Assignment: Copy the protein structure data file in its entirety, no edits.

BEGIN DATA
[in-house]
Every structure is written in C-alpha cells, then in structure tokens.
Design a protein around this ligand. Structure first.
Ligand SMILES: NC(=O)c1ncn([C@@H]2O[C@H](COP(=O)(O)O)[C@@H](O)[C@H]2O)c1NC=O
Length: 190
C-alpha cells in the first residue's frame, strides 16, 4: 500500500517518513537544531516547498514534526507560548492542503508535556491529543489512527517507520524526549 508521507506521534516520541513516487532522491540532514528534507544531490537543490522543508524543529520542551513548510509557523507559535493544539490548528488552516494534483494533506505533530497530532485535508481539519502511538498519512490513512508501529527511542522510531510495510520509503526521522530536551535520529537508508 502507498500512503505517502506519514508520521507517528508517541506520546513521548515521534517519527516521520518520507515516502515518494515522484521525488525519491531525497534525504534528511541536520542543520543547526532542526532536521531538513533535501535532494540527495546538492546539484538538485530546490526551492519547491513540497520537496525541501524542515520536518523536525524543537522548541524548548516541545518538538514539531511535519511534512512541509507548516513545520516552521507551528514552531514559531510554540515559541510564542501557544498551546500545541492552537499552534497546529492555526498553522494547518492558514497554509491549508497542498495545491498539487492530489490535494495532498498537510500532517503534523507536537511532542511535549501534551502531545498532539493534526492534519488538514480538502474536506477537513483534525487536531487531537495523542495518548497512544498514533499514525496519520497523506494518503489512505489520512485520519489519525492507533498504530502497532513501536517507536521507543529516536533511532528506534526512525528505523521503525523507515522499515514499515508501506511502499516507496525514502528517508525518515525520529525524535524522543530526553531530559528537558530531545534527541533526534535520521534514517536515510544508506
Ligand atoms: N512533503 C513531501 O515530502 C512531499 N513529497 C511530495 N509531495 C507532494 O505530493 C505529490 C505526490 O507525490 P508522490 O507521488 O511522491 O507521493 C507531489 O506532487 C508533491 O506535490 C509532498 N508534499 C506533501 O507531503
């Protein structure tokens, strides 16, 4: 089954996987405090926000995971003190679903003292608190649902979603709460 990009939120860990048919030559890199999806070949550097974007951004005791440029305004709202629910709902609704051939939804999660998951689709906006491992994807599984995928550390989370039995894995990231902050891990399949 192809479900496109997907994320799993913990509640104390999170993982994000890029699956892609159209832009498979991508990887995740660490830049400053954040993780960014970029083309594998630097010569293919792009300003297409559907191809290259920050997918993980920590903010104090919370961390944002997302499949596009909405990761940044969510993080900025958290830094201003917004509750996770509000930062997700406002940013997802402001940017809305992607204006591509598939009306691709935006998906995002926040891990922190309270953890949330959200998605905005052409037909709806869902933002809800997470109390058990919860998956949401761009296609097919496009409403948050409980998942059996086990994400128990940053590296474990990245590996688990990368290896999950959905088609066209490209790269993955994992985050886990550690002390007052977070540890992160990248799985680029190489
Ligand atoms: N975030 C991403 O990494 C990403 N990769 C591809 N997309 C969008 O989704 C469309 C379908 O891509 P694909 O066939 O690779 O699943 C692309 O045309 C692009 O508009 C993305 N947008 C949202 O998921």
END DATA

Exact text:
[in-house]
Every structure is written in C-alpha cells, then in structure tokens.
Design a protein around this ligand. Structure first.
Ligand SMILES: NC(=O)c1ncn([C@@H]2O[C@H](COP(=O)(O)O)[C@@H](O)[C@H]2O)c1NC=O
Length: 190
C-alpha cells in the first residue's frame, strides 16, 4: 500500500517518513537544531516547498514534526507560548492542503508535556491529543489512527517507520524526549 508521507506521534516520541513516487532522491540532514528534507544531490537543490522543508524543529520542551513548510509557523507559535493544539490548528488552516494534483494533506505533530497530532485535508481539519502511538498519512490513512508501529527511542522510531510495510520509503526521522530536551535520529537508508 502507498500512503505517502506519514508520521507517528508517541506520546513521548515521534517519527516521520518520507515516502515518494515522484521525488525519491531525497534525504534528511541536520542543520543547526532542526532536521531538513533535501535532494540527495546538492546539484538538485530546490526551492519547491513540497520537496525541501524542515520536518523536525524543537522548541524548548516541545518538538514539531511535519511534512512541509507548516513545520516552521507551528514552531514559531510554540515559541510564542501557544498551546500545541492552537499552534497546529492555526498553522494547518492558514497554509491549508497542498495545491498539487492530489490535494495532498498537510500532517503534523507536537511532542511535549501534551502531545498532539493534526492534519488538514480538502474536506477537513483534525487536531487531537495523542495518548497512544498514533499514525496519520497523506494518503489512505489520512485520519489519525492507533498504530502497532513501536517507536521507543529516536533511532528506534526512525528505523521503525523507515522499515514499515508501506511502499516507496525514502528517508525518515525520529525524535524522543530526553531530559528537558530531545534527541533526534535520521534514517536515510544508506
Ligand atoms: N512533503 C513531501 O515530502 C512531499 N513529497 C511530495 N509531495 C507532494 O505530493 C505529490 C505526490 O507525490 P508522490 O507521488 O511522491 O507521493 C507531489 O506532487 C508533491 O506535490 C509532498 N508534499 C506533501 O507531503
């Protein structure tokens, strides 16, 4: 089954996987405090926000995971003190679903003292608190649902979603709460 990009939120860990048919030559890199999806070949550097974007951004005791440029305004709202629910709902609704051939939804999660998951689709906006491992994807599984995928550390989370039995894995990231902050891990399949 192809479900496109997907994320799993913990509640104390999170993982994000890029699956892609159209832009498979991508990887995740660490830049400053954040993780960014970029083309594998630097010569293919792009300003297409559907191809290259920050997918993980920590903010104090919370961390944002997302499949596009909405990761940044969510993080900025958290830094201003917004509750996770509000930062997700406002940013997802402001940017809305992607204006591509598939009306691709935006998906995002926040891990922190309270953890949330959200998605905005052409037909709806869902933002809800997470109390058990919860998956949401761009296609097919496009409403948050409980998942059996086990994400128990940053590296474990990245590996688990990368290896999950959905088609066209490209790269993955994992985050886990550690002390007052977070540890992160990248799985680029190489
Ligand atoms: N975030 C991403 O990494 C990403 N990769 C591809 N997309 C969008 O989704 C469309 C379908 O891509 P694909 O066939 O690779 O699943 C692309 O045309 C692009 O508009 C993305 N947008 C949202 O998921």